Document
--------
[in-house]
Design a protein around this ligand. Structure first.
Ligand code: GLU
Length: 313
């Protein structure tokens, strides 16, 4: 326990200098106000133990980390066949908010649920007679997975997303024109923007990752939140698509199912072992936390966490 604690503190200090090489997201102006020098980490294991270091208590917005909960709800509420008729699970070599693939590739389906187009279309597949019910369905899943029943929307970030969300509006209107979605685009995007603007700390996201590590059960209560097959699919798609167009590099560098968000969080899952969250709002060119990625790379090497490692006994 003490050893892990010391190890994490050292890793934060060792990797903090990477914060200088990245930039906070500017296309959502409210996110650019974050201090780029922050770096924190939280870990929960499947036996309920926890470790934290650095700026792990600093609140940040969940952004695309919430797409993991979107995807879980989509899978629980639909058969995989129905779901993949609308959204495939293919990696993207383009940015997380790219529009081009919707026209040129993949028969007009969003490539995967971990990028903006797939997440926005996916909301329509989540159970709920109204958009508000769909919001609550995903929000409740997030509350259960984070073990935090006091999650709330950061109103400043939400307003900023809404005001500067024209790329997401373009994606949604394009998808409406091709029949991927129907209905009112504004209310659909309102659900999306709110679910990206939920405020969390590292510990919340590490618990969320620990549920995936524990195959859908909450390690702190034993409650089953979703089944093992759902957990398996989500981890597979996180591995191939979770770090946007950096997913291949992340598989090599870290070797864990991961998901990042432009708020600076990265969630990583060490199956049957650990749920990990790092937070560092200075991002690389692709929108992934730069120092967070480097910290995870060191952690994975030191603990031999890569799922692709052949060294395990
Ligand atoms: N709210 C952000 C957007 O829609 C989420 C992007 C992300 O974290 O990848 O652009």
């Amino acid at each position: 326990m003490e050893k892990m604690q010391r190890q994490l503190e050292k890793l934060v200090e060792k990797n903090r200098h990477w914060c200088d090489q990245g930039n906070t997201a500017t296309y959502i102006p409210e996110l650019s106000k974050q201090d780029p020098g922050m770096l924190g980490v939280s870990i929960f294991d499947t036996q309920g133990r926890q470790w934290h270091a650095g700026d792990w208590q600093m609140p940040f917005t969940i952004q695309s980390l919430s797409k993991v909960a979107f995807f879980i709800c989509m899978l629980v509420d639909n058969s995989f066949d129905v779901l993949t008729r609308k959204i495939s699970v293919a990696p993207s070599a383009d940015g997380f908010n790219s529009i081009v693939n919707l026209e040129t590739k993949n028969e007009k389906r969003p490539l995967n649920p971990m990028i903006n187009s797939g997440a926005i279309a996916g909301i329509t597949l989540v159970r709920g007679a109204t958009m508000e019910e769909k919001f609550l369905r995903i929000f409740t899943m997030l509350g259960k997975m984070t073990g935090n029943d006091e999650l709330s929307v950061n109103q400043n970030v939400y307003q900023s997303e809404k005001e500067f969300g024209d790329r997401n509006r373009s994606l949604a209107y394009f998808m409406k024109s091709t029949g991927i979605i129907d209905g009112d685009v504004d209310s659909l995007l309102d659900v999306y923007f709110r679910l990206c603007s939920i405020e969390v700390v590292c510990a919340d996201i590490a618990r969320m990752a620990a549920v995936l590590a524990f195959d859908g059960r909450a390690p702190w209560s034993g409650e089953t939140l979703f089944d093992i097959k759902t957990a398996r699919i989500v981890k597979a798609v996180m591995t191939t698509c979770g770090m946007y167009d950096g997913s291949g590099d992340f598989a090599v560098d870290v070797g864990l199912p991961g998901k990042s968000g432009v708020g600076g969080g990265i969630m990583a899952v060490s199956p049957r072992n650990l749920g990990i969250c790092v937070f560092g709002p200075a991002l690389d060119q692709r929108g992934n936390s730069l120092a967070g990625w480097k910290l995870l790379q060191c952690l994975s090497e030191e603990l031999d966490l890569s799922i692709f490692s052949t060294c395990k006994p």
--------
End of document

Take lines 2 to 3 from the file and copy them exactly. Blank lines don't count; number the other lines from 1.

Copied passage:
Design a protein around this ligand. Structure first.
Ligand code: GLU